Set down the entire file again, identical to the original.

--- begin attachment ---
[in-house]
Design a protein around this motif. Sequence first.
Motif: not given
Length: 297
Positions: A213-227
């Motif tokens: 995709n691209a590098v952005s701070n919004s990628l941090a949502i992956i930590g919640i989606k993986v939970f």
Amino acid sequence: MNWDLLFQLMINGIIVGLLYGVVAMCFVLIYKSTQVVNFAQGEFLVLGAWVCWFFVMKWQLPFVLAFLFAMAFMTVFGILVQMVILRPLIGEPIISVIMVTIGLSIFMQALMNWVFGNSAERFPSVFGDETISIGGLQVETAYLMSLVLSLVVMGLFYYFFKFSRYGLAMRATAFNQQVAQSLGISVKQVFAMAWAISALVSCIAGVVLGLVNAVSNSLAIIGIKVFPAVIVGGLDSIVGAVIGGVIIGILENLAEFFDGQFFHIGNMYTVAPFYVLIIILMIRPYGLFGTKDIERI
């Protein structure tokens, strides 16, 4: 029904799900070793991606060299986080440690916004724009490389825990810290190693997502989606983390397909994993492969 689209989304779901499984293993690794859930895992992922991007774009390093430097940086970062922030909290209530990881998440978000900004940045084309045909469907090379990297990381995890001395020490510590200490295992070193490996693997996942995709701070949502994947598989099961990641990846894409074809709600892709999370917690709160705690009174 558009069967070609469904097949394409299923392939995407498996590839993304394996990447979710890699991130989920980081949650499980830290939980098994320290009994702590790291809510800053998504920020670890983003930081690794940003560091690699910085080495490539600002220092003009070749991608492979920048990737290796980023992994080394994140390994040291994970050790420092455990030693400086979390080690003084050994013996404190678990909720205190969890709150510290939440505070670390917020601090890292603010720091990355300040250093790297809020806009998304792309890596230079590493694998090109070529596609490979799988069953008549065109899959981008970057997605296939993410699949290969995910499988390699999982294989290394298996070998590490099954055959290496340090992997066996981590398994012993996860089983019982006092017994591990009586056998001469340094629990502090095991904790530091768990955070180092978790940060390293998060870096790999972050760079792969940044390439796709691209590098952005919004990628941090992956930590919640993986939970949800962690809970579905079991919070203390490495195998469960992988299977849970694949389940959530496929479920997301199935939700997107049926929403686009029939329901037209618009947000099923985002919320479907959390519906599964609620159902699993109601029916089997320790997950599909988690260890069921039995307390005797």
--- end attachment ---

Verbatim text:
[in-house]
Design a protein around this motif. Sequence first.
Motif: not given
Length: 297
Positions: A213-227
């Motif tokens: 995709n691209a590098v952005s701070n919004s990628l941090a949502i992956i930590g919640i989606k993986v939970f």
Amino acid sequence: MNWDLLFQLMINGIIVGLLYGVVAMCFVLIYKSTQVVNFAQGEFLVLGAWVCWFFVMKWQLPFVLAFLFAMAFMTVFGILVQMVILRPLIGEPIISVIMVTIGLSIFMQALMNWVFGNSAERFPSVFGDETISIGGLQVETAYLMSLVLSLVVMGLFYYFFKFSRYGLAMRATAFNQQVAQSLGISVKQVFAMAWAISALVSCIAGVVLGLVNAVSNSLAIIGIKVFPAVIVGGLDSIVGAVIGGVIIGILENLAEFFDGQFFHIGNMYTVAPFYVLIIILMIRPYGLFGTKDIERI
């Protein structure tokens, strides 16, 4: 029904799900070793991606060299986080440690916004724009490389825990810290190693997502989606983390397909994993492969 689209989304779901499984293993690794859930895992992922991007774009390093430097940086970062922030909290209530990881998440978000900004940045084309045909469907090379990297990381995890001395020490510590200490295992070193490996693997996942995709701070949502994947598989099961990641990846894409074809709600892709999370917690709160705690009174 558009069967070609469904097949394409299923392939995407498996590839993304394996990447979710890699991130989920980081949650499980830290939980098994320290009994702590790291809510800053998504920020670890983003930081690794940003560091690699910085080495490539600002220092003009070749991608492979920048990737290796980023992994080394994140390994040291994970050790420092455990030693400086979390080690003084050994013996404190678990909720205190969890709150510290939440505070670390917020601090890292603010720091990355300040250093790297809020806009998304792309890596230079590493694998090109070529596609490979799988069953008549065109899959981008970057997605296939993410699949290969995910499988390699999982294989290394298996070998590490099954055959290496340090992997066996981590398994012993996860089983019982006092017994591990009586056998001469340094629990502090095991904790530091768990955070180092978790940060390293998060870096790999972050760079792969940044390439796709691209590098952005919004990628941090992956930590919640993986939970949800962690809970579905079991919070203390490495195998469960992988299977849970694949389940959530496929479920997301199935939700997107049926929403686009029939329901037209618009947000099923985002919320479907959390519906599964609620159902699993109601029916089997320790997950599909988690260890069921039995307390005797």